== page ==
Faith, and faith alone, receives the Light, the Word of God. It does not happen because He bowls you over with His power or because He dazzles you with His glory. It doesn’t happen because He presents an irrefutable argument that you can’t contradict. It doesn’t happen because you become successful, as the world counts success. It doesn’t happen because you always get your way or because everything is according to your preference. It happens because the Word gives you a promise. In the Light is the life of men. In that Light, that Word, is grace and truth. He can show you who He is with force and might, but it would do you no good. Faith is the only way to receive Him for your good. His people—those to whom He came but who did not receive Him—they saw Him in the display of power at Sinai, when He gave the Law through Moses. But that created only fear. That’s all it can create. And the ones who tried to bend that forceful Law to their own ends and approach the Light on their own terms—the Pharisees and their kind—they did not receive Him either. Those who would look to the Light through stern command, through fear, through resentment that they must obey, or that others aren’t obeying, through power, through the bloodlines or the will of the flesh or the will of man—they will not receive the Word, the Light, the Son of God, for their good.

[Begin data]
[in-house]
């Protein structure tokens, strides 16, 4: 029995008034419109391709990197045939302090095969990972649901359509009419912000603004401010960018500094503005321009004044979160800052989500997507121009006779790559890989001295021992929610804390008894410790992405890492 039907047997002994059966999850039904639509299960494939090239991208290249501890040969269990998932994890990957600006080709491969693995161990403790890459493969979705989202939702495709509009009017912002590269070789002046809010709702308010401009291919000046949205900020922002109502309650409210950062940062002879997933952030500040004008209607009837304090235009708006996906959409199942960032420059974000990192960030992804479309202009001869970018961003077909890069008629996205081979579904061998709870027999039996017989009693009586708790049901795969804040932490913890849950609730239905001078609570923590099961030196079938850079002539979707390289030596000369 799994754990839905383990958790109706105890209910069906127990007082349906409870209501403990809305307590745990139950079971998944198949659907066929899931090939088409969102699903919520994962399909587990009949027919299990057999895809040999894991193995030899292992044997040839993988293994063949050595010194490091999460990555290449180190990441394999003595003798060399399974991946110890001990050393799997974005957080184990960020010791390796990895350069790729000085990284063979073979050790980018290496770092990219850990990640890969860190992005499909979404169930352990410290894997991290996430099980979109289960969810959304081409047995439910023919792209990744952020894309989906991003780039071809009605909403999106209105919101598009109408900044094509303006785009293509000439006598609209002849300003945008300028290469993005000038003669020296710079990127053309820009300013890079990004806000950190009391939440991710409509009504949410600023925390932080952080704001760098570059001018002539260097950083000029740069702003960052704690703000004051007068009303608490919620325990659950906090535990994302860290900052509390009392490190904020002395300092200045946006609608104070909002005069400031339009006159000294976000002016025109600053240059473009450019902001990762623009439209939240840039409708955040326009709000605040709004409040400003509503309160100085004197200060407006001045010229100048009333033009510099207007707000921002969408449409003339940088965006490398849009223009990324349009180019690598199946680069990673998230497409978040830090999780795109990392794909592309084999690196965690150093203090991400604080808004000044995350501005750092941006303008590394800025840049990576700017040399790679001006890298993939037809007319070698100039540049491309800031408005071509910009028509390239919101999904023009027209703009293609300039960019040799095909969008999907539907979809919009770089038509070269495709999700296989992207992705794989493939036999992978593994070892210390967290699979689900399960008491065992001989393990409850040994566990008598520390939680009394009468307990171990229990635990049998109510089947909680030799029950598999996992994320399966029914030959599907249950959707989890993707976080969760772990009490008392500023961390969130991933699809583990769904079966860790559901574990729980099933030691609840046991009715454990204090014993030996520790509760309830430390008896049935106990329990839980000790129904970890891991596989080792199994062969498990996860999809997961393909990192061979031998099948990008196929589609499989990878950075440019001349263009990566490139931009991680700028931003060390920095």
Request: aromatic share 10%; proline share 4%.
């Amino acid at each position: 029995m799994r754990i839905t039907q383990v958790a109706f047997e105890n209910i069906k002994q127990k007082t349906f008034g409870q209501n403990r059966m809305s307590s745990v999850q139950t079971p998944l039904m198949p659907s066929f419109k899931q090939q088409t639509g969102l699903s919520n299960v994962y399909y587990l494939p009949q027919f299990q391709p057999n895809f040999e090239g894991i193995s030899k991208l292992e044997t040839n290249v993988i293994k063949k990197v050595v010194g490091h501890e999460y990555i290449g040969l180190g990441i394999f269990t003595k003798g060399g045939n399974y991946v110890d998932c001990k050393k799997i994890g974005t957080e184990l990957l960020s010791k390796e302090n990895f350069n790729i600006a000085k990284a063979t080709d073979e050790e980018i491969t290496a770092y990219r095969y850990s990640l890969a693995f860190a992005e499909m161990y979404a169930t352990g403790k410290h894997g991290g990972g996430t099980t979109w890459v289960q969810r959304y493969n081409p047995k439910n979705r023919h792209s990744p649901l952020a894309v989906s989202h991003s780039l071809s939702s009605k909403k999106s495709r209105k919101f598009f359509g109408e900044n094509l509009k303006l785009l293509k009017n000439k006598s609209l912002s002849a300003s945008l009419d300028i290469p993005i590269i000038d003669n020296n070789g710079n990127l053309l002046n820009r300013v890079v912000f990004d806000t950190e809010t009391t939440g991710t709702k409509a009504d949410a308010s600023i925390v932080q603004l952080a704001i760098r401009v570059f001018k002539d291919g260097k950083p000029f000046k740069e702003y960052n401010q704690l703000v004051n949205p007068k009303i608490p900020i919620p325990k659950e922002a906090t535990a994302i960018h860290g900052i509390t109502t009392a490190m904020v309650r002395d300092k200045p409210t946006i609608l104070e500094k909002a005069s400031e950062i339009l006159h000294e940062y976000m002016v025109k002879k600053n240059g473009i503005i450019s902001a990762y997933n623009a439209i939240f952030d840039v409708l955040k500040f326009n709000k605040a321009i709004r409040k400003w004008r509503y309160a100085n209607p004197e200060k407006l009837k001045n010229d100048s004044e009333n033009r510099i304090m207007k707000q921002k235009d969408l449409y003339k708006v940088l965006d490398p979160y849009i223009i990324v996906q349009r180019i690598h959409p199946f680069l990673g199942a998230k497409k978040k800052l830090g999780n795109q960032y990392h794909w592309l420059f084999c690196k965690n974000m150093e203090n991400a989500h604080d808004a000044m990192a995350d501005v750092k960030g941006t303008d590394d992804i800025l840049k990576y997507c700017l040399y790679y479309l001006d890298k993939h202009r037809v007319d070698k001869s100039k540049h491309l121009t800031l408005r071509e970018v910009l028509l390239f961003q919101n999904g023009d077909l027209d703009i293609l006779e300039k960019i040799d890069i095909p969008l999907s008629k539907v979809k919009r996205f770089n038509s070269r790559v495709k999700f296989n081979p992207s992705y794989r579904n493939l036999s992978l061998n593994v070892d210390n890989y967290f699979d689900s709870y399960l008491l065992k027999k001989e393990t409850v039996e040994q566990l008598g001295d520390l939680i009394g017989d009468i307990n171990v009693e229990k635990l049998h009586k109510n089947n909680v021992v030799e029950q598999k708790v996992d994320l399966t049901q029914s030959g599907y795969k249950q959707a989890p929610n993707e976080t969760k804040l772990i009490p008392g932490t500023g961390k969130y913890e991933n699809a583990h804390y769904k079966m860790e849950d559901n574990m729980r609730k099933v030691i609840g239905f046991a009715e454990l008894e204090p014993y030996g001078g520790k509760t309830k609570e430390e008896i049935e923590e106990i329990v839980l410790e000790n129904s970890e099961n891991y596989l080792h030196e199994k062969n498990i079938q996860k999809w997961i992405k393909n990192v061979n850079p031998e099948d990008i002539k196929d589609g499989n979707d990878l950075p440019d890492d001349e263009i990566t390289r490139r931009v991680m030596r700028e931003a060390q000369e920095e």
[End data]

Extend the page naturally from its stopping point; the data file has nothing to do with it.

So the Light comes to us in meekness. The Word comes to us in promise: the promise of grace, the promise of mercy, the promise of forgiveness. And to those who receive Him in that way, who believe in His name—that is to say, those who receive Him in faith—to them He gives the right to become children of God. And so we are.
Children of God, the Word—the creating, forgiving Word of the Father—has become flesh and dwells among you. He lives with you, still in that promise, still in that forgiveness. He lives in your everyday lives in the places where His promise shows up in ways you can touch and see and taste, those ways that can be resisted by the unfaith of the world, the unfaith of fallen man’s nature. He still comes to you in your Baptism, in the Holy Supper, in the forgiving hand laid on your head in blessing and absolution. It’s in those places, where the Word made flesh comes to you again in concrete ways, that you see His glory—the hidden glory, not of power or what man would will to see—but the hidden glory of mercy, the glory of forgiveness and peace with God. That is the glory of Christmas—the secret glory, tucked away in swaddling cloths, unimpressive to the eyes, but a wonder to the ears, a miracle to the believing heart—the glory of the only Son from the Father.
Christmas is about Jesus coming, not only long ago, but now—coming to you, hidden, lowly, meek. He’s coming to you now, even in these words of His Scripture; now, in the same body and blood born in Bethlehem, here given and shed for you; in the soft, or loud, Amen in the service. He’s coming to you to be received in faith. Receive Him now, child of God. In the name of Jesus, the Light that has come into the world, Amen.